Yosuke Baba

Juntendo University, Edo, Tōkyō, Japan

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Publications (9)32.09 Total impact

  • Journal of Allergy and Clinical Immunology 02/2015; 135(2):AB60. DOI:10.1016/j.jaci.2014.12.1127 · 11.48 Impact Factor
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    ABSTRACT: The high-affinity IgE receptor, FcεRI, which is composed of α-, β-, and γ-chains, plays an important role in IgE-mediated allergic responses. In the current study, involvement of the transcription factors, PU.1, GATA1, and GATA2, in the expression of FcεRI on human mast cells was investigated. Transfection of small interfering RNAs (siRNAs) against PU.1, GATA1, and GATA2 into the human mast cell line, LAD2, caused significant downregulation of cell surface expression of FcεRI. Quantification of the mRNA levels revealed that PU.1, GATA1, and GATA2 siRNAs suppressed the α transcript, whereas the amount of β mRNA was reduced in only GATA2 siRNA transfectants. In contrast, γ mRNA levels were not affected by any of the knockdowns. Chromatin immunoprecipitation assay showed that significant amounts of PU.1, GATA1, and GATA2 bind to the promoter region of FCER1A (encoding FcεRIα) and that GATA2 binds to the promoter of MS4A2 (encoding FcεRIβ). Luciferase assay and EMSA showed that GATA2 transactivates the MS4A2 promoter via direct binding. These knockdowns of transcription factors also suppressed the IgE-mediated degranulation activity of LAD2. Similarly, all three knockdowns suppressed FcεRI expression in primary mast cells, especially PU.1 siRNA and GATA2 siRNA, which target FcεRIα and FcεRIβ, respectively. From these results, we conclude that PU.1 and GATA1 are involved in FcεRIα transcription through recruitment to its promoter, whereas GATA2 positively regulates FcεRIβ transcription. Suppression of these transcription factors leads to downregulation of FcεRI expression and IgE-mediated degranulation activity. Our findings will contribute to the development of new therapeutic approaches for FcεRI-mediated allergic diseases.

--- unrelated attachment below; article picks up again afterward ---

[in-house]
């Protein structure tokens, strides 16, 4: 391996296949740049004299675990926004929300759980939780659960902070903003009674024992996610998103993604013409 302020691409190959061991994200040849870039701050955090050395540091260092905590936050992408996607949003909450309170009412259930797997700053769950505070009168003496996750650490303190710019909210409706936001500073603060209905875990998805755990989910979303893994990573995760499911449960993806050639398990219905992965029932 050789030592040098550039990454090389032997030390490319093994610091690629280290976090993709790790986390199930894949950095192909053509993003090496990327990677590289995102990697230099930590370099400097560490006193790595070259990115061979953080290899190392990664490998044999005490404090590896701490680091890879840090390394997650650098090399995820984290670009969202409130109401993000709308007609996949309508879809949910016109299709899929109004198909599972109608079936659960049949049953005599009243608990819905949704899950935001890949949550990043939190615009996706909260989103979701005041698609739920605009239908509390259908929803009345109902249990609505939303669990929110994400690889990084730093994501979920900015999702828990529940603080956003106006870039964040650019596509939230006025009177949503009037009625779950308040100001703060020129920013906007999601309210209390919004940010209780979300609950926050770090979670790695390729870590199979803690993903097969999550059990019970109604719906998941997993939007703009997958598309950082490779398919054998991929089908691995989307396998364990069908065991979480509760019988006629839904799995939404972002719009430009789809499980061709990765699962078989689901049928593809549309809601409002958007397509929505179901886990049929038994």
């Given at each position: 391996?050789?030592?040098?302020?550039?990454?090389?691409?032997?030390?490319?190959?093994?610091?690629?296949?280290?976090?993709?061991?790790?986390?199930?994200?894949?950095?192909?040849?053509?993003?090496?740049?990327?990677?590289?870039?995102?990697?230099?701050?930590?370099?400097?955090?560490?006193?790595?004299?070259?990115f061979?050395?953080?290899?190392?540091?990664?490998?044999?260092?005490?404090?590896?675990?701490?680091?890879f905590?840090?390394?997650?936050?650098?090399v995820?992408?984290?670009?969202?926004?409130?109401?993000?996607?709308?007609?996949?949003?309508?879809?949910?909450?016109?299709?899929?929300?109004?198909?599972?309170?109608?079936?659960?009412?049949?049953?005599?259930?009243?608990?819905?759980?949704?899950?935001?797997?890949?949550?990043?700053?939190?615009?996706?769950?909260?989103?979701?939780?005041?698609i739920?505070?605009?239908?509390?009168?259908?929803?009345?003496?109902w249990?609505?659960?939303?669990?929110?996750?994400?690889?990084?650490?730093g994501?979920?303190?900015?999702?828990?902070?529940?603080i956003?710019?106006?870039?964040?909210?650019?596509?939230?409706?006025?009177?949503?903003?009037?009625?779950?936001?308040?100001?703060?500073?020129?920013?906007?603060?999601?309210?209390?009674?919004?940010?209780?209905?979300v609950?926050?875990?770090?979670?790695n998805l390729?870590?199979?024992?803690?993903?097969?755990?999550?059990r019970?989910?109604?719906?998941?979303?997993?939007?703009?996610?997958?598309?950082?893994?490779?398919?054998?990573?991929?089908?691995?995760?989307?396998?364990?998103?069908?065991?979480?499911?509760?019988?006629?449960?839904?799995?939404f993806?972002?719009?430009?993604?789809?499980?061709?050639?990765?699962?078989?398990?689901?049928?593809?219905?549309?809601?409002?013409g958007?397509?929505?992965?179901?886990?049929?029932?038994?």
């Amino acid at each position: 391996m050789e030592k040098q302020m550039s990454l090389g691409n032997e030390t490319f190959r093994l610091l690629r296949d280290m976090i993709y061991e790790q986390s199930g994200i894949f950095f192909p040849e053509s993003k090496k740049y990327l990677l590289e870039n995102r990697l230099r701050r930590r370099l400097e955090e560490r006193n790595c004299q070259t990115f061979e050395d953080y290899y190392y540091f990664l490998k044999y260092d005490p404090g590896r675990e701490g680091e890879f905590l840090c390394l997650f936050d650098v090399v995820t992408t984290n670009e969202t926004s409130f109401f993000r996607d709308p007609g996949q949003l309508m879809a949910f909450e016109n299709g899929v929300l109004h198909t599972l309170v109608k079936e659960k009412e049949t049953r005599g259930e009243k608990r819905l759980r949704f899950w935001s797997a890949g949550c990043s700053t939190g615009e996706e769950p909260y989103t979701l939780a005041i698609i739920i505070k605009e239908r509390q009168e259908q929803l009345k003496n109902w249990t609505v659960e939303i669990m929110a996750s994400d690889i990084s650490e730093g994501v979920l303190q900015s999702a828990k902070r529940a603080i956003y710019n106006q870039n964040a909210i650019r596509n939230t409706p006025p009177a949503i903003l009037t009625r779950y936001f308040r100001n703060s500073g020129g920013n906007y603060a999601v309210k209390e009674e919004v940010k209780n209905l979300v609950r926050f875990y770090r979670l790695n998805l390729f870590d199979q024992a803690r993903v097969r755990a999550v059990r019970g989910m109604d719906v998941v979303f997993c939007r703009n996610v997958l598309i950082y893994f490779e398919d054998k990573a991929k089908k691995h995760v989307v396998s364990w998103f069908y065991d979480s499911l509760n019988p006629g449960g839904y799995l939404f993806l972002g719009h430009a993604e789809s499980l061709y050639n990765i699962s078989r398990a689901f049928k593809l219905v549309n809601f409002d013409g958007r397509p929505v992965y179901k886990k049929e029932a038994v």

The Journal of Immunology 03/2014; 192(8). DOI:10.4049/jimmunol.1302366 · 4.92 Impact Factor
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    ABSTRACT: The IL1RL1/ST2 gene encodes a receptor for IL-33. Signaling from IL1RL1/ST2 induced by IL-33 binding was recently identified as a modulator of the Th2 response. The target cells for IL-33 are restricted in some hematopoietic lineages, including mast cells, basophils, eosinophils, Th2 cells, natural killer cells, and dendritic cells. To clarify the molecular mechanisms of cell type-specific IL1RL1/ST2 expression in mast cells and basophils, transcriptional regulation of the human IL1RL1/ST2 promoter was investigated using the mast cell line LAD2 and the basophilic cell line KU812. Reporter assays suggested that two GATA motifs just upstream of the transcription start site in the ST2 promoter are critical for transcriptional activity. These two GATA motifs possess the capacity to bind GATA1 and GATA2 in EMSA. ChIP assay showed that GATA2, but not GATA1, bound to the ST2 promoter in LAD2 cells and that histone H3 at the ST2 promoter was acetylated in LAD2 cells, whereas binding of GATA1 and GATA2 to the ST2 promoter was detected in KU812 cells. Knockdown of GATA2 mRNA by siRNA reduced ST2 mRNA levels in KU812 and LAD2 cells and ST2 protein levels in LAD2 cells; in contrast, GATA1 siRNA transfection up-regulated ST2 mRNA levels in KU812 cells. The ST2 promoter was transactivated by GATA2 and repressed by GATA1 in coexpression analysis. When these siRNAs were introduced into human peripheral blood basophils, GATA2 siRNA reduced ST2 mRNA, whereas GATA1 siRNA up-regulated ST2 mRNA. These results indicate that GATA2 and GATA1 positively and negatively control human ST2 gene transcription, respectively.